Start Racing

Mark Positions—Course Board — Start Sequence — Shortened Course— Pursuit Racing — Thursday Ladder — Simplified Race Rules

Racing Marks

Remember where our marks are:

  • D = DAM, the dam end of the lake.
  • G = The one nearest GUILSBOROUGH village.
  • N = The one nearest NASEBY village (also happens to be NORTH)
  • H = The one nearest HOLLOWELL village (often referred to as HOME).
  • M = That would be the one in the MIDDLE (usually on the far-shore)
  • B = BAY, the one nearest the boat sheds
  • A = ARM, only usable when the reservoir is full.

The picture shows our general layout. They should always be in that order but not necessarily in that exact place - water levels and training courses might require the marks to be moved.

One pink mark (S) is often used to mark the other end of the START and finish line. It can also be our 'SPARE' mark so could turn up anywhere on the course!

Why you should Race.
Once you have learnt the basics of dinghy sailing and perhaps invested in your first boat you really have three choices as to how you spend your time on the water: racing, cruising or pottering around. Pottering around can of course be a lot of fun, but eventually many of us feel the need to do our sailing with more of a purpose. Having a go at club racing is a great next step for many of those looking to graduate beyond the beginner level.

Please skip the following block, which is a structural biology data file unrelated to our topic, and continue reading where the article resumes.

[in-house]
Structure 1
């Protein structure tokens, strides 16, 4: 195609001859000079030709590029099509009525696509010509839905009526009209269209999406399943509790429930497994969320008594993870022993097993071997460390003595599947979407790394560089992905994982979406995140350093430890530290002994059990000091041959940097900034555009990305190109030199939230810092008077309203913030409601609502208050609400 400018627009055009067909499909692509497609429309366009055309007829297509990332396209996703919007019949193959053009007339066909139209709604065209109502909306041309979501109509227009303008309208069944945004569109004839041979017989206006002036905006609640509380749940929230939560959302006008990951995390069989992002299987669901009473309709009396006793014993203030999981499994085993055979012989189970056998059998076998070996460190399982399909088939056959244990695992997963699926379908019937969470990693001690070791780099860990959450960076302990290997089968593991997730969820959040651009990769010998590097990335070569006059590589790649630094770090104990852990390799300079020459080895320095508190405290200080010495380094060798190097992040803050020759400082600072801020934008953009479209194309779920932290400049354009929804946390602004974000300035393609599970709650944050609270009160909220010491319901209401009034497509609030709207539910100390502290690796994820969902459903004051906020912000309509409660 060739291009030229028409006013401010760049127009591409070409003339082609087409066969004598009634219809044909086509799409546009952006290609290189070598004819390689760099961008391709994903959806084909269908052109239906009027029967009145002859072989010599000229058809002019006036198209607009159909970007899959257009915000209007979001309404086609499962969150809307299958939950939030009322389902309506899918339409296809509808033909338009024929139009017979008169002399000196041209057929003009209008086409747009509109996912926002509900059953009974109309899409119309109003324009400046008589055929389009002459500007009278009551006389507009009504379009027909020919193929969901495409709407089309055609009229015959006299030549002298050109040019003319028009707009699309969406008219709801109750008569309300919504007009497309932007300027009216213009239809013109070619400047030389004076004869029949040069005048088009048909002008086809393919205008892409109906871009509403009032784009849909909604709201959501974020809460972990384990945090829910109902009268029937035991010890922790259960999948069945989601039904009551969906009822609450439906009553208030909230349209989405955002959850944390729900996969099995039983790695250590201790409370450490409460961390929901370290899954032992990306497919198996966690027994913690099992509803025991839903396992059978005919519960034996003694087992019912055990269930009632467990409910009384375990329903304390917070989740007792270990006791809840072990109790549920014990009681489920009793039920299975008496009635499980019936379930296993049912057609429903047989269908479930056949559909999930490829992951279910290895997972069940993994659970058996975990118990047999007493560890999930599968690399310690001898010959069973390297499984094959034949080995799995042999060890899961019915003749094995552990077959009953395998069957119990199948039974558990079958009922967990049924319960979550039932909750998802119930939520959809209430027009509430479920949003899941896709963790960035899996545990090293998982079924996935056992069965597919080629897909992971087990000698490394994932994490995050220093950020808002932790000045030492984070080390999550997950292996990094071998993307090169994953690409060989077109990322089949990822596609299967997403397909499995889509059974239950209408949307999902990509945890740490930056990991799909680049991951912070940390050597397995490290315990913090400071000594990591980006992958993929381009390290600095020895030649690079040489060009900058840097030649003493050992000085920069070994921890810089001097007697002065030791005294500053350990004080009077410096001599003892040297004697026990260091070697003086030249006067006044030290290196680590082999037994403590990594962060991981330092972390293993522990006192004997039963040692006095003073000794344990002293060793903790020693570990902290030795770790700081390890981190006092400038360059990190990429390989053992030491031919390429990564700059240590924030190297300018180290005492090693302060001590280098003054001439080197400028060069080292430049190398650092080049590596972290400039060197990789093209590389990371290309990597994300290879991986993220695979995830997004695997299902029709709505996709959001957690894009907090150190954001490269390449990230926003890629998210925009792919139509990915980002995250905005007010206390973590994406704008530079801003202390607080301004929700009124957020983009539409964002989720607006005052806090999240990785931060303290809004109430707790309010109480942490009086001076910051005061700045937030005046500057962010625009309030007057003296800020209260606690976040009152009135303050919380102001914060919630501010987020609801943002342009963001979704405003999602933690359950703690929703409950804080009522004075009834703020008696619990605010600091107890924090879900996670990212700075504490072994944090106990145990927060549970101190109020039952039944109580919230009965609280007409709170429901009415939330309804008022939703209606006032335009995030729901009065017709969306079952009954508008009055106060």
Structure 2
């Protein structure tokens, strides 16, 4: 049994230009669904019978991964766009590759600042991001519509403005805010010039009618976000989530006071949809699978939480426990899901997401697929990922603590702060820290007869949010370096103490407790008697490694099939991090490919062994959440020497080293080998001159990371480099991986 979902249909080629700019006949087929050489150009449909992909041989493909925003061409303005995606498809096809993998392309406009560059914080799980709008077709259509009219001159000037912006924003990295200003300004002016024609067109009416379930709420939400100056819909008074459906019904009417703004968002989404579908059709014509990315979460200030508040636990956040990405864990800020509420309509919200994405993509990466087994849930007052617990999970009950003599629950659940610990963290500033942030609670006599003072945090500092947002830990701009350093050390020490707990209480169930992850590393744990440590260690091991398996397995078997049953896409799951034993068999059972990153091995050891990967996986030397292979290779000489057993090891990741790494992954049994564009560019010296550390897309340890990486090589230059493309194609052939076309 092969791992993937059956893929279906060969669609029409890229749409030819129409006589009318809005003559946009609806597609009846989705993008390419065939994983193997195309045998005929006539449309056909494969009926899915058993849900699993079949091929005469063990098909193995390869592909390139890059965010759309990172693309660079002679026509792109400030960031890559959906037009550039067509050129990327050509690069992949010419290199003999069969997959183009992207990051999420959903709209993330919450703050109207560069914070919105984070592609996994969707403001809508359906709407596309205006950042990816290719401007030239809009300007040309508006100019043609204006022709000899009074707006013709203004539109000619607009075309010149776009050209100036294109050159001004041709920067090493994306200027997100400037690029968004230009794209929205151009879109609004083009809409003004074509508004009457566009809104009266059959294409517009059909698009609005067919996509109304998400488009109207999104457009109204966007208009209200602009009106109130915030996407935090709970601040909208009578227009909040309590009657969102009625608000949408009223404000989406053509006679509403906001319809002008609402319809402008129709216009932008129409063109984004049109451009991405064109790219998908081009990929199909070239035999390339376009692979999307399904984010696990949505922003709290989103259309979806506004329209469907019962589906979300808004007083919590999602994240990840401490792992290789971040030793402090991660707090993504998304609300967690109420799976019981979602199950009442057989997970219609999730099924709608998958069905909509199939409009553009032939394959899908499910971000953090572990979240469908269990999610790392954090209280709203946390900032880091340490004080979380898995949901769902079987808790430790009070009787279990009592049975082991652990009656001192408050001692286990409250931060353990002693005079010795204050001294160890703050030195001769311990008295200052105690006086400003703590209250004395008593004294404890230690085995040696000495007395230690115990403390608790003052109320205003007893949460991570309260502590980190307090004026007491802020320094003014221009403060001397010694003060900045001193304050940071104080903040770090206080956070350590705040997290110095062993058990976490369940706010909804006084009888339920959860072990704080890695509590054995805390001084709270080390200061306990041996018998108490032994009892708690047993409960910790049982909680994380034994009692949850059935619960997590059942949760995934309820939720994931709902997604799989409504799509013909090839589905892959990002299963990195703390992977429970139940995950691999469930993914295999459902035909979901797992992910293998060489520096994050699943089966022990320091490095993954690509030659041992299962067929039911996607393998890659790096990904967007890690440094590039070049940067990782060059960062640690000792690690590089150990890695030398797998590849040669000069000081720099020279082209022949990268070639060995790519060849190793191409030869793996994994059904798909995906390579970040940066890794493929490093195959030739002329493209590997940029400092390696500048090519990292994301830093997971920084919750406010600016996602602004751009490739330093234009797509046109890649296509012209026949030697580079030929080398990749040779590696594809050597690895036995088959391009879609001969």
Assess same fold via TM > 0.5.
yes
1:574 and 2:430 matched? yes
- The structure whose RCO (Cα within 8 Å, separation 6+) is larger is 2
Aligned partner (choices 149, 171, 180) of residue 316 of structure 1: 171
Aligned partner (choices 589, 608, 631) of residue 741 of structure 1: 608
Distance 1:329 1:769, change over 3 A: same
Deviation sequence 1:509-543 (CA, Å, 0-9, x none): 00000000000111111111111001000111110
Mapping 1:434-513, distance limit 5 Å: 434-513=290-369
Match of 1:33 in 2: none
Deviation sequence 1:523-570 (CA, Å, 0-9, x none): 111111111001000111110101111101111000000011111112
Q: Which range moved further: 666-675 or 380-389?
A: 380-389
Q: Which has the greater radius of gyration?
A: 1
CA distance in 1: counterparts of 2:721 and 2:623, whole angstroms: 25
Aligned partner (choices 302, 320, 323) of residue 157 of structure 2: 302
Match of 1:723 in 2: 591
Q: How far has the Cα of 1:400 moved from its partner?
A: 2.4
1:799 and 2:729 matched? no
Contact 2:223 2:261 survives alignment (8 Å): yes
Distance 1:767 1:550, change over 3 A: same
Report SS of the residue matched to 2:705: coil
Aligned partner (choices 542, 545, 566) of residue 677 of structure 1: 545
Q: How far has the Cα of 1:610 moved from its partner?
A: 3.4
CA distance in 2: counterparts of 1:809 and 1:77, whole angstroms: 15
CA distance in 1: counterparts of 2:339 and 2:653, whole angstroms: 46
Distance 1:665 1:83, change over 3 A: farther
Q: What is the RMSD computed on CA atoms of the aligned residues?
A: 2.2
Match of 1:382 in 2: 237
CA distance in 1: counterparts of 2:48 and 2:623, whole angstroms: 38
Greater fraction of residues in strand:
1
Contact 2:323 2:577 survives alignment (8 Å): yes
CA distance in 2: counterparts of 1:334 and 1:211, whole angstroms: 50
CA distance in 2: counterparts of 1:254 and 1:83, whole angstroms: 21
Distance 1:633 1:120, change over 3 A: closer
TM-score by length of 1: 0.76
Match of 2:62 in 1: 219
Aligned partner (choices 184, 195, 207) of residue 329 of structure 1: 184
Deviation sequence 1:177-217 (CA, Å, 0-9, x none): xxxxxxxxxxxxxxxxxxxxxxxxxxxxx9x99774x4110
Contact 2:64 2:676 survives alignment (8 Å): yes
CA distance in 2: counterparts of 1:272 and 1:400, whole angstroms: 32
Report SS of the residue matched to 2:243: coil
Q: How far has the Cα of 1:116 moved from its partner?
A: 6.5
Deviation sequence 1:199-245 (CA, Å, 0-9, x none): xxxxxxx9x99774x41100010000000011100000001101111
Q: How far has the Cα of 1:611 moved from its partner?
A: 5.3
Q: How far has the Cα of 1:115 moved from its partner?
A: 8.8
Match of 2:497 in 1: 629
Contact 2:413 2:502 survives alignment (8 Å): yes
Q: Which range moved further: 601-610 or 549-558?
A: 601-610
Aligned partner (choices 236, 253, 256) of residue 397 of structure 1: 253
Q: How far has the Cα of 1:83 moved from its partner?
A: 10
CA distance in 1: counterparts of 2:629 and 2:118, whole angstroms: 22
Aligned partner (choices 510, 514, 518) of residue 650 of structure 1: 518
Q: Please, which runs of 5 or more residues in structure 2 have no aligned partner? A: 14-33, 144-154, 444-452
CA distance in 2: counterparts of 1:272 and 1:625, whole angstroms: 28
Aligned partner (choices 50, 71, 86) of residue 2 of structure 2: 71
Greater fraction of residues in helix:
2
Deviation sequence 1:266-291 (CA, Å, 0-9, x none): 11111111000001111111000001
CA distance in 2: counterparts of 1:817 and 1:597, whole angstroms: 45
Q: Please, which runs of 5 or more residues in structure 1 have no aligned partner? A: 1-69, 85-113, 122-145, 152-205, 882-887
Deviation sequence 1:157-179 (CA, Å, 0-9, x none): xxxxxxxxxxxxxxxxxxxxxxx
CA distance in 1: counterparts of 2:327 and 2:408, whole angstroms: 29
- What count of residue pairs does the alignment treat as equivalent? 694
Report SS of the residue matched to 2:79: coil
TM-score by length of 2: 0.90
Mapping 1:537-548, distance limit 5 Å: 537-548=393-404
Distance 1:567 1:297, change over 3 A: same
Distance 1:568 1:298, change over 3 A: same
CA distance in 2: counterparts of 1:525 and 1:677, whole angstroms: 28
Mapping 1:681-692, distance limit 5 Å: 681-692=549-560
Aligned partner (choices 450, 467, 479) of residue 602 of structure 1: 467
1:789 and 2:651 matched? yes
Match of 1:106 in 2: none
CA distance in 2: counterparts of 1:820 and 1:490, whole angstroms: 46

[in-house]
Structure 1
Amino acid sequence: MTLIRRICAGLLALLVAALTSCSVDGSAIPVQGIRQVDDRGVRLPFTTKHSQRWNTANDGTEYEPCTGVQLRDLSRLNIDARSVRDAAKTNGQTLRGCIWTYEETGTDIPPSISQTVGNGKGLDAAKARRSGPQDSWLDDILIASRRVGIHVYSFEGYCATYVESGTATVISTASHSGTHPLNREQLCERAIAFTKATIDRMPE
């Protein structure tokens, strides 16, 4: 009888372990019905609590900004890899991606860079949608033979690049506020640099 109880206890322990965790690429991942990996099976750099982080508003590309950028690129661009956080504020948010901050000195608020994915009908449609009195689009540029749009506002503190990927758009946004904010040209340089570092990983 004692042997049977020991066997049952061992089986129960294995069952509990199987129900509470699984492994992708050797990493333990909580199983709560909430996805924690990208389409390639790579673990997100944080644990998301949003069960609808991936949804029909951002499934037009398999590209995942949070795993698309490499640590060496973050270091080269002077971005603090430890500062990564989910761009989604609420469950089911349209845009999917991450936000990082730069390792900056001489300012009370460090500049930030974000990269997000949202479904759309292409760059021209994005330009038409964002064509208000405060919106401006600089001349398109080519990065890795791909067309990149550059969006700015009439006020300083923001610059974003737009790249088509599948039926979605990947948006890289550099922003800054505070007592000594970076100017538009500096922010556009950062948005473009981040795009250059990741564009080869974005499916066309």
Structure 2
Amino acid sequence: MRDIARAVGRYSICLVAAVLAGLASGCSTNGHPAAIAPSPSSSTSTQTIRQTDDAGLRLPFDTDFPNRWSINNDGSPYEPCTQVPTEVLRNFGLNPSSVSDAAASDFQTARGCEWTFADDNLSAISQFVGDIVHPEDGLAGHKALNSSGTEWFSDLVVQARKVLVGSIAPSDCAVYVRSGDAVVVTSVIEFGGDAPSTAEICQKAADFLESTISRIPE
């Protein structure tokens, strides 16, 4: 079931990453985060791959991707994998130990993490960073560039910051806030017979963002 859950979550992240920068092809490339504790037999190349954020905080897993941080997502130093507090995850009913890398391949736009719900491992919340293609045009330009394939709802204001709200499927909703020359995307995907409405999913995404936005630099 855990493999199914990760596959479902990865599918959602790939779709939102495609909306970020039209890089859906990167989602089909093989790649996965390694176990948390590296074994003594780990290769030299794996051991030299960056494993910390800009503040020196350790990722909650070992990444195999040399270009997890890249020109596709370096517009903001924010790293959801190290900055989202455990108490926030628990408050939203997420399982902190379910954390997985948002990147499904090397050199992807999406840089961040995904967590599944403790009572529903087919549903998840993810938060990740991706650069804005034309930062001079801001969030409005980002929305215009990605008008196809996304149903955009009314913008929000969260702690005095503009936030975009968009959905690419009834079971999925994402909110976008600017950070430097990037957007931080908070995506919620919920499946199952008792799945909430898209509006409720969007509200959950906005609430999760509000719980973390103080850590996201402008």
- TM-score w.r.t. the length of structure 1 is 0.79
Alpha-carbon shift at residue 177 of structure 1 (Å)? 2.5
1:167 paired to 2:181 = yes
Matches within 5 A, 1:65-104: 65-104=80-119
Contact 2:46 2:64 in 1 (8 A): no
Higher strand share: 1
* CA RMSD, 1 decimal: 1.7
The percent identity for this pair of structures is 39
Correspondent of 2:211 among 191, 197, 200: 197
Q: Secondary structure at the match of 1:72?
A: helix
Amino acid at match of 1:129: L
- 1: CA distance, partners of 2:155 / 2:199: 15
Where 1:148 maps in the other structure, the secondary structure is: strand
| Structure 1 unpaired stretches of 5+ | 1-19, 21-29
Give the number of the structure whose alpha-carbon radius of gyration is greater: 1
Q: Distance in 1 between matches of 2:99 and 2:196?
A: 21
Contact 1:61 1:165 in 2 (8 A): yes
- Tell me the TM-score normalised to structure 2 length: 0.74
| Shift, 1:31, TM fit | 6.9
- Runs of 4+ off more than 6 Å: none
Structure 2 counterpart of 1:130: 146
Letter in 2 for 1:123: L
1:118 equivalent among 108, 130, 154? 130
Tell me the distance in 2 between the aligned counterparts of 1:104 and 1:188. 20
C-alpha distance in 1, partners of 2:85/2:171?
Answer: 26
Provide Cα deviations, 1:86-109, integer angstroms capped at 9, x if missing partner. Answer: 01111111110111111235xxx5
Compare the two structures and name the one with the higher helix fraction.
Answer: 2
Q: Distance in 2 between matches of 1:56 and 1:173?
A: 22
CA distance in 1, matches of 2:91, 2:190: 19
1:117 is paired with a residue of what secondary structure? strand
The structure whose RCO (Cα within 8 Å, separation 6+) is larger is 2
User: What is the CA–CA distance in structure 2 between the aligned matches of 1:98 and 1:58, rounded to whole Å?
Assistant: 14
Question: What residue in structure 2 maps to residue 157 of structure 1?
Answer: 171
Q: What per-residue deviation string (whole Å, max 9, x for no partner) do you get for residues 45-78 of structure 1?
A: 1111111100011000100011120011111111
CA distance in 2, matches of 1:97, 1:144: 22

Having to sail round a course that someone has laid out for you forces you to practise your skills on all points of sailing rather than always settling for an easy option or just drifting around aimlessly. Observing more experienced helms sailing the same course gives you a great opportunity to learn from the way they do things.

Do I have to be an experienced helm?
Not really. If you are confident enough to sail your boat around a predetermined course (typically Level 2 skills or equivalent) then you are ready to have a go at racing. At Hollowell we run a short ‘Start Racing" course that provides an ideal first opportunity to try racing to see whether you like it. Alternatively of course you can just turn up and take part in any of our weekend or Thursday club races.

Do I have to know the rules?
When you are taking your first steps in racing you can get a long way simply by knowing and observing the rules that require port boats to give way to starboard and windward boats to give way to leeward. And until you are more confident about who has rights of way when rounding the marks of the course, it may be better at first to give other boats plenty of room to allow them to go round the marks more closely. Once you understand the rules about this there won't be any need to keep showing other helms this courtesy though!

Do I have to let the Duty Race Officer know in advance that I want to take part?
It might help, if you did. This will allow the Race Officer to finish you before the lead boats (you might have to go all the way round the course again)! It would also help if you told the ADO who you are and your boat details as this helps with inputting the results on the computer.

The Course Board